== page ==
It shows Newman's profound Catholic sense and of the very Catholic character of his ideas on doctrinal development, that he was never tempted to show any uneasiness about that phenomenon. On the contrary, he offered in that Letter of his to Pusey a profoundly supernatural perspective in which one was to see the late rise of devotion toward Saint Joseph. To explain this to Pusey, who set great store by the known practices of the Ancient Church though not so much on the deeper considerations underlying them, Newman began with the principle that the intercessory power of a given individual with the ruler of an empire was proportional to his closeness, through friendship or association, to that ruler. Yet, neither the apostles nor the martyrs were the closest persons to Christ, the Incarnate God, the true Ruler of all. These persons were Mary and Joseph, but at first, so Newman argued, those two were "immersed and lost in the effulgence of His [Christ's] glory, and because they did not manifest themselves, when in the body, in external works separate from him, it happened that for a long while they [Mary and Joseph] were less dwelt upon." ... Such was Newman's justification not only of the relative novelty of signal devotions to Mary, but also to Saint Joseph. "Those names, I say, which at first sight might have been expected to enter soon in the devotions of the faithful, with better reasons might have been looked for at a later date, and actually were late in their coming." For Newman the signal example of this was what he called the recent vigor of devotion to Saint Joseph: "Saint Joseph furnishes the most striking instance of this remark; here is the clearest of instances of the distinction between doctrine and devotion." The latter often runs ahead, often far ahead, if one is to amplify on Newman's train of thought, of doctrinal specifications.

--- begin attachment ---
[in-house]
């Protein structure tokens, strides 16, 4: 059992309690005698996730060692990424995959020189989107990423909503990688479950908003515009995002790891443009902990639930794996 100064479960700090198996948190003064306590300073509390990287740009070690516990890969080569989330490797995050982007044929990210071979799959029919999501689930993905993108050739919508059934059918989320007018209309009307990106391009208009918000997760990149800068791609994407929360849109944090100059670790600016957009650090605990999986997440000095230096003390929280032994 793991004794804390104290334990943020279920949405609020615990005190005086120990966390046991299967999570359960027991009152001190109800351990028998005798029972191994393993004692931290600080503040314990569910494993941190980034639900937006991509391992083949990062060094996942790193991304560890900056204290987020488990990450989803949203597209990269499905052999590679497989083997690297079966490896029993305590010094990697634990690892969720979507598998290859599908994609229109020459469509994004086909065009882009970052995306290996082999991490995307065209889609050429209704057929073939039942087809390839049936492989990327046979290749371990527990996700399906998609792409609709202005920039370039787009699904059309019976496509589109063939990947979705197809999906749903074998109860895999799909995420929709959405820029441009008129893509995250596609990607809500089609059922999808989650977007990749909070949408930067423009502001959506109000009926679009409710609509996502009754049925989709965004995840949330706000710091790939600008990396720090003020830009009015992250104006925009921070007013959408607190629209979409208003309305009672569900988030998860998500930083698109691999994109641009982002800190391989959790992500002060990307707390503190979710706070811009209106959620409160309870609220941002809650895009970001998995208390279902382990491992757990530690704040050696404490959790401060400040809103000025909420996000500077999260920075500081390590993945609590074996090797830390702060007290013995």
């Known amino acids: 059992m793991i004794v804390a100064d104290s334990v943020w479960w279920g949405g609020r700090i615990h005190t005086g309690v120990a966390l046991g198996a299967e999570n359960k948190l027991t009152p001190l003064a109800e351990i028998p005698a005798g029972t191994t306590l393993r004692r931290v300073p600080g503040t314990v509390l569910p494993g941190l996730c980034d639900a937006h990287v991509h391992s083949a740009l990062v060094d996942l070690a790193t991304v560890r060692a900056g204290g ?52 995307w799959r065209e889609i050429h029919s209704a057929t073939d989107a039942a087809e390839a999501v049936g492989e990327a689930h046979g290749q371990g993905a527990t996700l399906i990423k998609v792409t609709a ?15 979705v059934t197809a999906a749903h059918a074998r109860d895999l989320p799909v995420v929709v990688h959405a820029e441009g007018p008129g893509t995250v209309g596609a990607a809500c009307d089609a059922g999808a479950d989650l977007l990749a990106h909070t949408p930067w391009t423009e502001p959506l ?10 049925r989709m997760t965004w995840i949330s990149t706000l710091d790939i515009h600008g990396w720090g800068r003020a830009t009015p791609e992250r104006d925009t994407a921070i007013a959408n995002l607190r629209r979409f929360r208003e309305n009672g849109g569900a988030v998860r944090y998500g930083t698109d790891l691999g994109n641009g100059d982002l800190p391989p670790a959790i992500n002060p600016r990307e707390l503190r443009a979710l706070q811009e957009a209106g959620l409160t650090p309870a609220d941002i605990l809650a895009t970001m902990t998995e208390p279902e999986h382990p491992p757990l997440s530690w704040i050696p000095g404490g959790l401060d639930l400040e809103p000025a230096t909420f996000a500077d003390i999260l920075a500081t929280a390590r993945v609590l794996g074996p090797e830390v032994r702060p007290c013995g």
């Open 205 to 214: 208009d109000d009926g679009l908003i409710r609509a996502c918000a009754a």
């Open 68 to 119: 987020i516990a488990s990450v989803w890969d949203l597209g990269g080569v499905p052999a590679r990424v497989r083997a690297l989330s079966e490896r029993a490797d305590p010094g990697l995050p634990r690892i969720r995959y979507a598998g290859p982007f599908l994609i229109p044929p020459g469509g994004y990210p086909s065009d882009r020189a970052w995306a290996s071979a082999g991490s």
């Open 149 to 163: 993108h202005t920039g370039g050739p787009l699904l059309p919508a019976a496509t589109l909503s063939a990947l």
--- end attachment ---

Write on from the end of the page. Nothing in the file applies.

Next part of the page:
[SLJ The Litany of St. Joseph, introduction]
St. Joseph, patron of scientists, pray for us.
St. Joseph, patron of engineers, pray for us.
St. Joseph, patron of workers, pray for us.
St. Joseph, who taught the Incarnate Son to walk, pray for us.
St. Joseph, who taught the Incarnate Son to talk, pray for us.
St. Joseph, who taught the Incarnate Son to work, pray for us.
St. Joseph, who taught Jesus to be honest, pray for us.
St. Joseph, who taught Jesus to be generous, pray for us.
St. Joseph, who taught Jesus to be patient, pray for us.
St. Joseph, who defended Mary his most chaste spouse, pray for us.
St. Joseph, who defended his foster son the Incarnate Word of God, pray for us.
St. Joseph, who defended the Holy Family, defend our families.
Imaculate Mary, pray for us; St. Joseph, pray for us; and do so together.
[Note: That last is not mine; Fr. Jaki mentions this in his book on Mary's litany, which I cannot get at just now to give the precise citation for.]